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Kidney stones are hard deposits that are made up of minerals like calcium or uric acid. While they start off small, they can grow larger as more minerals are deposited. Some kidney stones are relatively small and you can easily pass them without treatment. However, some stones are larger and they become stuck within the urinary tract. These stones need to be removed with surgery.
You may have to undergo a procedure to remove your stone if you have the following:
- A large stone over 5 mm
- Intractable pain
- The stone is causing blockage for a prolonged period
- You develop a urinary tract infection with fever – this is an emergency
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There are 3 basic procedures to remove kidney stones:
Ureteroscopy and Laser Lithotripsy
For stones less than 20 mm in size, the best treatment is ureteroscopy and laser lithotripsy. This procedure is performed at the hospital on an outpatient basis. You will most likely return home immediately after your procedure.
During the procedure, you will receive general or spinal anesthesia from a board – certified anesthesiologist. Dr. Lazare then inserts a small fiber-optic telescope into the ureter. He visualizes the stone and disintegrates it with a small laser fiber. The tiny fragments can then be removed with a basket. The risks are low and the success rate is about 85% -90 %.
Extracorporeal Shock Wave Lithotripsy
Extracorporeal shock wave lithotripsy, or ESWL, is the least invasive means of treating stones in the kidney or in the upper ureter. It is appropriate for stones less than 20 mm. The patient lies on a table and shock waves are then focused upon the kidney stone. The lithotripter machine is outside the body and the procedure is completely non-invasive. The lithotripter effectively disintegrates the stone into small pieces. The patient must then pass all the stone fragments out of the urinary system via the urine.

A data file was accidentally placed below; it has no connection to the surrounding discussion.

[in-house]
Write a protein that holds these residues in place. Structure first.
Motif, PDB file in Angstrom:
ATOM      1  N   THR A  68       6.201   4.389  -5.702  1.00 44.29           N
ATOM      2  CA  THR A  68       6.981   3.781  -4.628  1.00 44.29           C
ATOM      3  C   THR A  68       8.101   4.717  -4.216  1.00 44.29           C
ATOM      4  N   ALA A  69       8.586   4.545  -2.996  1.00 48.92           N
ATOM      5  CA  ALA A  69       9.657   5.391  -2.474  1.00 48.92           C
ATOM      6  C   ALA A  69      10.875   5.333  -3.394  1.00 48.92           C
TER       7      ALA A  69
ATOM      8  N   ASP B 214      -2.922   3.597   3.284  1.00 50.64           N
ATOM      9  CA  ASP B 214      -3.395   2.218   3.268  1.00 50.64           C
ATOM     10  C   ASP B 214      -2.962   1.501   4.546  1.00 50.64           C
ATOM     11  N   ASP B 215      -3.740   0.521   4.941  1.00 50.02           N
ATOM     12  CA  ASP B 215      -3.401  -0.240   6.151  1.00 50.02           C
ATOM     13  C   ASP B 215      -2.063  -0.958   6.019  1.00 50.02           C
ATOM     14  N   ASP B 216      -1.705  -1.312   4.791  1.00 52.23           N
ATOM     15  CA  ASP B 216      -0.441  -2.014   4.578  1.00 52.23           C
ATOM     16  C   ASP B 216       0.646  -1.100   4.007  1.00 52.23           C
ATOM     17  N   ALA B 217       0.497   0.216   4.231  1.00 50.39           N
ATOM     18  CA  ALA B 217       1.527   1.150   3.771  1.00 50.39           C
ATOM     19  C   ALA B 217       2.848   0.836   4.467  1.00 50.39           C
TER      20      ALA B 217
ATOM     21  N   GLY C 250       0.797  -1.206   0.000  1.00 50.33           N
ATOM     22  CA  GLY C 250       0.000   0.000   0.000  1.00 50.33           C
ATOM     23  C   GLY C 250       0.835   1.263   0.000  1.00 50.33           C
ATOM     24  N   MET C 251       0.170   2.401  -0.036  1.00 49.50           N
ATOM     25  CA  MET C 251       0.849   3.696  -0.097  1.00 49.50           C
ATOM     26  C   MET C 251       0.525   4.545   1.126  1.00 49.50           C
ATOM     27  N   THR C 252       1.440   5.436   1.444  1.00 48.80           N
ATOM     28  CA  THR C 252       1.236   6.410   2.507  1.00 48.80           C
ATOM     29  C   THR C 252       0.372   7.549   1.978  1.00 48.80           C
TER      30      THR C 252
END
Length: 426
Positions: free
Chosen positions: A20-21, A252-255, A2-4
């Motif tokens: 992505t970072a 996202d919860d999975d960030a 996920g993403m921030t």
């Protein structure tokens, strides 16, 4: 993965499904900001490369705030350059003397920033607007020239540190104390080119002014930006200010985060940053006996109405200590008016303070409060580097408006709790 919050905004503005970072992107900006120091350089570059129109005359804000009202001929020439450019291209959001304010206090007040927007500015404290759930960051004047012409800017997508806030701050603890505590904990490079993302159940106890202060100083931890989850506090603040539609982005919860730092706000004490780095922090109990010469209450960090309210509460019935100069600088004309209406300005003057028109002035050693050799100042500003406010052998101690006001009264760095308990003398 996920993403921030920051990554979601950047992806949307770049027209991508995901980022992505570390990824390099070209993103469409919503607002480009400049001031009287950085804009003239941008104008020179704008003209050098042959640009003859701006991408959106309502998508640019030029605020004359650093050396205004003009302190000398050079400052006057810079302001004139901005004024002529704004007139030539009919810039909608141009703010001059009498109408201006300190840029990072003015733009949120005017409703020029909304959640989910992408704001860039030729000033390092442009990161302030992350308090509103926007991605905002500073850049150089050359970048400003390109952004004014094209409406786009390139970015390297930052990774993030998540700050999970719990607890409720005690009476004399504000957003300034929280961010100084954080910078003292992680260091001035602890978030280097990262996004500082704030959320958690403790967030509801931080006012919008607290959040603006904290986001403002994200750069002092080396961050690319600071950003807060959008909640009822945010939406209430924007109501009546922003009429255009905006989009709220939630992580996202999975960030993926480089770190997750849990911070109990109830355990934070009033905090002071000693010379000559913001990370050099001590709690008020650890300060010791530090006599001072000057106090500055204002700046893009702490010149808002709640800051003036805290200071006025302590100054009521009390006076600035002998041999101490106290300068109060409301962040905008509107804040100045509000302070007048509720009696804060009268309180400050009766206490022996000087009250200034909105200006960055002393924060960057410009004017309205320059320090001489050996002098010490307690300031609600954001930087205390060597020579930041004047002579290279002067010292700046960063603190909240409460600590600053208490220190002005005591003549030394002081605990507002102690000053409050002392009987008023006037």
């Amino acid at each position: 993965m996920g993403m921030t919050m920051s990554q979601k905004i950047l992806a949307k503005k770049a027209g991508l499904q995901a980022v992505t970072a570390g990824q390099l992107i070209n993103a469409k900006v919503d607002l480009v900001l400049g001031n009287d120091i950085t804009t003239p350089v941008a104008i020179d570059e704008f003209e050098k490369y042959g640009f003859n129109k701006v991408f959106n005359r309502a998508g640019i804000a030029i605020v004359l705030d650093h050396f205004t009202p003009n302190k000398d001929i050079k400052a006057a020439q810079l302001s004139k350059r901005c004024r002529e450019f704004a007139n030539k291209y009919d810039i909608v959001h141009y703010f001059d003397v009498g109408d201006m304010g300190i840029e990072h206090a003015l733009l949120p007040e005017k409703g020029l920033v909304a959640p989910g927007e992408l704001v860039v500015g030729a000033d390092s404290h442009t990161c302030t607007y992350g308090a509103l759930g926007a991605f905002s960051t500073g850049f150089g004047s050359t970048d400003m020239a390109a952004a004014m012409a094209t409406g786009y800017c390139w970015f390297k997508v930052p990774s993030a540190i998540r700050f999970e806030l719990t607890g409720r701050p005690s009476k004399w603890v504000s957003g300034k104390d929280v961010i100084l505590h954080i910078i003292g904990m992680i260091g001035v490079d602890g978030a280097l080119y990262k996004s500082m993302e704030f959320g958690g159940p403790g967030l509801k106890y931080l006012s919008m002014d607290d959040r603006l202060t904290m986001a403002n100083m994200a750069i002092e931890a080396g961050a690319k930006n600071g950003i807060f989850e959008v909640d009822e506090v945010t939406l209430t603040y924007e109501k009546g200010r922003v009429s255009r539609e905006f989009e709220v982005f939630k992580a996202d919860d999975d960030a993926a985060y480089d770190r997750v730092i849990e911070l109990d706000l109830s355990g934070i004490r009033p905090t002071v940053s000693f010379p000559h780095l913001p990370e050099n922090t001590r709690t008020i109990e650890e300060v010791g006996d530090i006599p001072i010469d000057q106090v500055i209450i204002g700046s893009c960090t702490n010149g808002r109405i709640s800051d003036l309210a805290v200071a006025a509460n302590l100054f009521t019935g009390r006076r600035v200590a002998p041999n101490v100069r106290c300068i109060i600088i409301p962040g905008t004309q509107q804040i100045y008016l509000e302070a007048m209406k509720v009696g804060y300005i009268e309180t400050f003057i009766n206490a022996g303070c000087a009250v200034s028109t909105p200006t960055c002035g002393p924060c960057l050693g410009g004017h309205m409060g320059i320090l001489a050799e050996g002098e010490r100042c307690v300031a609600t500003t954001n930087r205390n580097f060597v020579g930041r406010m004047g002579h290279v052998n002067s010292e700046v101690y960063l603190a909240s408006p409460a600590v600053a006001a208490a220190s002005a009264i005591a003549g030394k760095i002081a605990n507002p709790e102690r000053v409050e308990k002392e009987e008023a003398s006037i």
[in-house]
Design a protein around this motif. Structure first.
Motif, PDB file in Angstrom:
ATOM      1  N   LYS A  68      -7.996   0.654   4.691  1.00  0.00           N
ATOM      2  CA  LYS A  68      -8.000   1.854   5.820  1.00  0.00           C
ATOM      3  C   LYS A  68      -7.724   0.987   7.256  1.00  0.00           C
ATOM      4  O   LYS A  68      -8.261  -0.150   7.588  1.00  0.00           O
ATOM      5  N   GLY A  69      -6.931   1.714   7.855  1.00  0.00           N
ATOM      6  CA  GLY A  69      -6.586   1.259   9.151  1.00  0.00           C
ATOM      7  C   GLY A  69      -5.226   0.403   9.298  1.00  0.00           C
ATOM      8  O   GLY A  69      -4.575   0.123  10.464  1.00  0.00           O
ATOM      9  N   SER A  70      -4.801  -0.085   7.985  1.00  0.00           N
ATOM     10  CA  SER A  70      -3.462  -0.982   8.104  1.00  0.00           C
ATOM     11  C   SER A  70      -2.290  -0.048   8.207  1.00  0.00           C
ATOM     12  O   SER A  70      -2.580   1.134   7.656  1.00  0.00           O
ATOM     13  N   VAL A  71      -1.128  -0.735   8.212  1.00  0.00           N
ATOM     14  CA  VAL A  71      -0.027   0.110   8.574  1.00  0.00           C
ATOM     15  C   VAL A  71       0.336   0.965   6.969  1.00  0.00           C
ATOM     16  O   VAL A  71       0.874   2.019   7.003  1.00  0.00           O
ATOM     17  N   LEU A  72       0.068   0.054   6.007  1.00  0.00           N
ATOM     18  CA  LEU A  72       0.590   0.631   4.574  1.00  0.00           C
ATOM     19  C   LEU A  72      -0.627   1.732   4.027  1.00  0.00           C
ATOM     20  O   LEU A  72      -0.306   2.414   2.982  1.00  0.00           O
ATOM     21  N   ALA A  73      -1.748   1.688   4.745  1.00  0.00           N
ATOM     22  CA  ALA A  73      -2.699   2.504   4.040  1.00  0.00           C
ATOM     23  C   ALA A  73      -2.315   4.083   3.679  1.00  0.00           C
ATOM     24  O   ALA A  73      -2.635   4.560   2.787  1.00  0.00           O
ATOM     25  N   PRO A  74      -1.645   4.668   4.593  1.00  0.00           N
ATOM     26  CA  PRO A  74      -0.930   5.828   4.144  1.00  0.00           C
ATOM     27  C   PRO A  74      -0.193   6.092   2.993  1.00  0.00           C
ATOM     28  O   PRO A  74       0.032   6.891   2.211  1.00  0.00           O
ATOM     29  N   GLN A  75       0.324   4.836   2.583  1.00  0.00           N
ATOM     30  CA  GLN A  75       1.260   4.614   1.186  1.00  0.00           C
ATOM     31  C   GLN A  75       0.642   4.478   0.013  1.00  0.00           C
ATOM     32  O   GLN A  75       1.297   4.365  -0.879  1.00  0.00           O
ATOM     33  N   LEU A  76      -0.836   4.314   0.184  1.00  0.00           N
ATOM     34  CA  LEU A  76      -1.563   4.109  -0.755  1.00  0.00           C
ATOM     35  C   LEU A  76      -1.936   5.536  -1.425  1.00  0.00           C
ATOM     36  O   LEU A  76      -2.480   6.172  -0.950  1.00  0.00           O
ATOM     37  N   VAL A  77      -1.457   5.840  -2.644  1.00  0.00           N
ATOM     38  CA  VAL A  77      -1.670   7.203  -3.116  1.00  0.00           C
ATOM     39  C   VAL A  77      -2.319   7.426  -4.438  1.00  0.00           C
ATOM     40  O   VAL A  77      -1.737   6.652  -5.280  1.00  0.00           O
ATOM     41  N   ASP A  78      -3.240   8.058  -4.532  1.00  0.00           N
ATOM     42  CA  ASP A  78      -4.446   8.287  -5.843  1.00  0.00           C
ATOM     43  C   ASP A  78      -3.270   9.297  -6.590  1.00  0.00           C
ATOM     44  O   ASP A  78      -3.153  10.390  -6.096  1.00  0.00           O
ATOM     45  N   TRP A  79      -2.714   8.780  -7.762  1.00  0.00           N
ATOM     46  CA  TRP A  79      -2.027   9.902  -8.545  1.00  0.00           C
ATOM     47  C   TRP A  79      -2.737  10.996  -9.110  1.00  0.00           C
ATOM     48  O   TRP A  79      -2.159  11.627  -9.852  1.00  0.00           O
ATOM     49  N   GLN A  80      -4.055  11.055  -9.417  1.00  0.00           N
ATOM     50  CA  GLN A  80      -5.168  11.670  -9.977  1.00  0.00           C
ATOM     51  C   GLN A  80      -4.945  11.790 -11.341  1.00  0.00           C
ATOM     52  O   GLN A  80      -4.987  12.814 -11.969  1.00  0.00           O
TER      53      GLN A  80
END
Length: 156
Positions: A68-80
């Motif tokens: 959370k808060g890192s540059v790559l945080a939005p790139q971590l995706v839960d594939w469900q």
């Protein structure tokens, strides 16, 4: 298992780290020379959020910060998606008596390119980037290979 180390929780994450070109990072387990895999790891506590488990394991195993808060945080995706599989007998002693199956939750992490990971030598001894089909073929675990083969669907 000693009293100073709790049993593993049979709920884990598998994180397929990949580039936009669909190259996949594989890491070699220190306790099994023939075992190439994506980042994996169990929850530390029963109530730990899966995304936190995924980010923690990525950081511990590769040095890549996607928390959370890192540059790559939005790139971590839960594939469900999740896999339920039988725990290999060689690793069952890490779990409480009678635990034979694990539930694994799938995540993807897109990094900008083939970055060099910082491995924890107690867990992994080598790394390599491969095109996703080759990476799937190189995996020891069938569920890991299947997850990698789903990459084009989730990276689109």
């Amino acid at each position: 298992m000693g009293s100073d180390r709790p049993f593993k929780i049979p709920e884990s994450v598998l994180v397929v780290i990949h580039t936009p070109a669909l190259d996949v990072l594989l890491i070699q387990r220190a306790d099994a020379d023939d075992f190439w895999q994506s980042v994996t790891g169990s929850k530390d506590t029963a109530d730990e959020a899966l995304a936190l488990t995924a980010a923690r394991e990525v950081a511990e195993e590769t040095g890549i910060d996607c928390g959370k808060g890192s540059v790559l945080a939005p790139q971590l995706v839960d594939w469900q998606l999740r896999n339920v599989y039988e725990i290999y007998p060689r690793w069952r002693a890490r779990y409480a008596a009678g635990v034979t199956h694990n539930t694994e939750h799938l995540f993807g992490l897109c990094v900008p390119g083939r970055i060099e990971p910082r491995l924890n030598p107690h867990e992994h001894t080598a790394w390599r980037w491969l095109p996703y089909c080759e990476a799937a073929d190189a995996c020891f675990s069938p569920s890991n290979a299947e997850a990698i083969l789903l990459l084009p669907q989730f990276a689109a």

The stone-free rate with ESWL is in the 50 % to 60% range. The procedure is low risk.
Percutaneous Nephrolithotomy or PNL is performed upon patients with stones larger than 20 mm. Patients usually stay in the hospital for about 3 days following this procedure. The procedure is performed under general anesthesia.
A small opening is made in the back over the kidney with a needle. Dr. Lazare dilates this opening and then he inserts a fiber-optic telescope into the kidney. Dr. Lazare visualizes the stone and breaks it into small pieces with a wand – like instrument that creates mechanical shock waves. The stone fragments are then removed with suction.
Video About Kidney Stone
If you are dealing with painful kidney stones and are interested in learning more about your treatment options, contact our Brooklyn, New York office today. Dr. Lazare is a board-certified urologist and accomplished surgeon who can help treat your stone and help eliminate your pain.